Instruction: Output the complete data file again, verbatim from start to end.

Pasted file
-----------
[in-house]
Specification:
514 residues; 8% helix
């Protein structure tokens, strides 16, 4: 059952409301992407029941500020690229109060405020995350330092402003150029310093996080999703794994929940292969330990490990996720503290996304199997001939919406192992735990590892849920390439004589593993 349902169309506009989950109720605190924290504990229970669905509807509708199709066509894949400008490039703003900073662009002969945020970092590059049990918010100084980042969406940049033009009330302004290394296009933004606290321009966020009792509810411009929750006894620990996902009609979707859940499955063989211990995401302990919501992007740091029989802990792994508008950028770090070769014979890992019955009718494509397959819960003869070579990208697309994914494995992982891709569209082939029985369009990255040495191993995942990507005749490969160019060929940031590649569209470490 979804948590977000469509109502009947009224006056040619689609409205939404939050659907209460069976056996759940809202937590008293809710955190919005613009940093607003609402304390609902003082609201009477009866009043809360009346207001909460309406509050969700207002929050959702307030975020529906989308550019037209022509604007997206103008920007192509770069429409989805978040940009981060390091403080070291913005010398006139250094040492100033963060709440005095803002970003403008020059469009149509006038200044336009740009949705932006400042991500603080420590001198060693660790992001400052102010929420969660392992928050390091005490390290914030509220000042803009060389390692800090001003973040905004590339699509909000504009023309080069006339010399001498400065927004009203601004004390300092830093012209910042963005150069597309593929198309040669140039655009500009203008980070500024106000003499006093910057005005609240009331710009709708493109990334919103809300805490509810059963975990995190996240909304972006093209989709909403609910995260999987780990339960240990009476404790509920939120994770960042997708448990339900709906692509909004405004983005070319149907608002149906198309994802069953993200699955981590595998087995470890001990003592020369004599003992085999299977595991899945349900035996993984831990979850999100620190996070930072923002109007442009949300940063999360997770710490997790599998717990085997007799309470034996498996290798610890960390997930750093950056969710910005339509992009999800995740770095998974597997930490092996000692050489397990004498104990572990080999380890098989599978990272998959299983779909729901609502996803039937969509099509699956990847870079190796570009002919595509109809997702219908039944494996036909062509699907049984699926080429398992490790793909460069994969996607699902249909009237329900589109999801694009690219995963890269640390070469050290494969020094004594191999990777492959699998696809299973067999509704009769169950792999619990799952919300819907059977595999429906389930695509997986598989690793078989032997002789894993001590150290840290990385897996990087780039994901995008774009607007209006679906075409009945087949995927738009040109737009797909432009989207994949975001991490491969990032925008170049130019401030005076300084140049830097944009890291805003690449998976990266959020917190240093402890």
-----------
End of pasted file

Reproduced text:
[in-house]
Specification:
514 residues; 8% helix
């Protein structure tokens, strides 16, 4: 059952409301992407029941500020690229109060405020995350330092402003150029310093996080999703794994929940292969330990490990996720503290996304199997001939919406192992735990590892849920390439004589593993 349902169309506009989950109720605190924290504990229970669905509807509708199709066509894949400008490039703003900073662009002969945020970092590059049990918010100084980042969406940049033009009330302004290394296009933004606290321009966020009792509810411009929750006894620990996902009609979707859940499955063989211990995401302990919501992007740091029989802990792994508008950028770090070769014979890992019955009718494509397959819960003869070579990208697309994914494995992982891709569209082939029985369009990255040495191993995942990507005749490969160019060929940031590649569209470490 979804948590977000469509109502009947009224006056040619689609409205939404939050659907209460069976056996759940809202937590008293809710955190919005613009940093607003609402304390609902003082609201009477009866009043809360009346207001909460309406509050969700207002929050959702307030975020529906989308550019037209022509604007997206103008920007192509770069429409989805978040940009981060390091403080070291913005010398006139250094040492100033963060709440005095803002970003403008020059469009149509006038200044336009740009949705932006400042991500603080420590001198060693660790992001400052102010929420969660392992928050390091005490390290914030509220000042803009060389390692800090001003973040905004590339699509909000504009023309080069006339010399001498400065927004009203601004004390300092830093012209910042963005150069597309593929198309040669140039655009500009203008980070500024106000003499006093910057005005609240009331710009709708493109990334919103809300805490509810059963975990995190996240909304972006093209989709909403609910995260999987780990339960240990009476404790509920939120994770960042997708448990339900709906692509909004405004983005070319149907608002149906198309994802069953993200699955981590595998087995470890001990003592020369004599003992085999299977595991899945349900035996993984831990979850999100620190996070930072923002109007442009949300940063999360997770710490997790599998717990085997007799309470034996498996290798610890960390997930750093950056969710910005339509992009999800995740770095998974597997930490092996000692050489397990004498104990572990080999380890098989599978990272998959299983779909729901609502996803039937969509099509699956990847870079190796570009002919595509109809997702219908039944494996036909062509699907049984699926080429398992490790793909460069994969996607699902249909009237329900589109999801694009690219995963890269640390070469050290494969020094004594191999990777492959699998696809299973067999509704009769169950792999619990799952919300819907059977595999429906389930695509997986598989690793078989032997002789894993001590150290840290990385897996990087780039994901995008774009607007209006679906075409009945087949995927738009040109737009797909432009989207994949975001991490491969990032925008170049130019401030005076300084140049830097944009890291805003690449998976990266959020917190240093402890």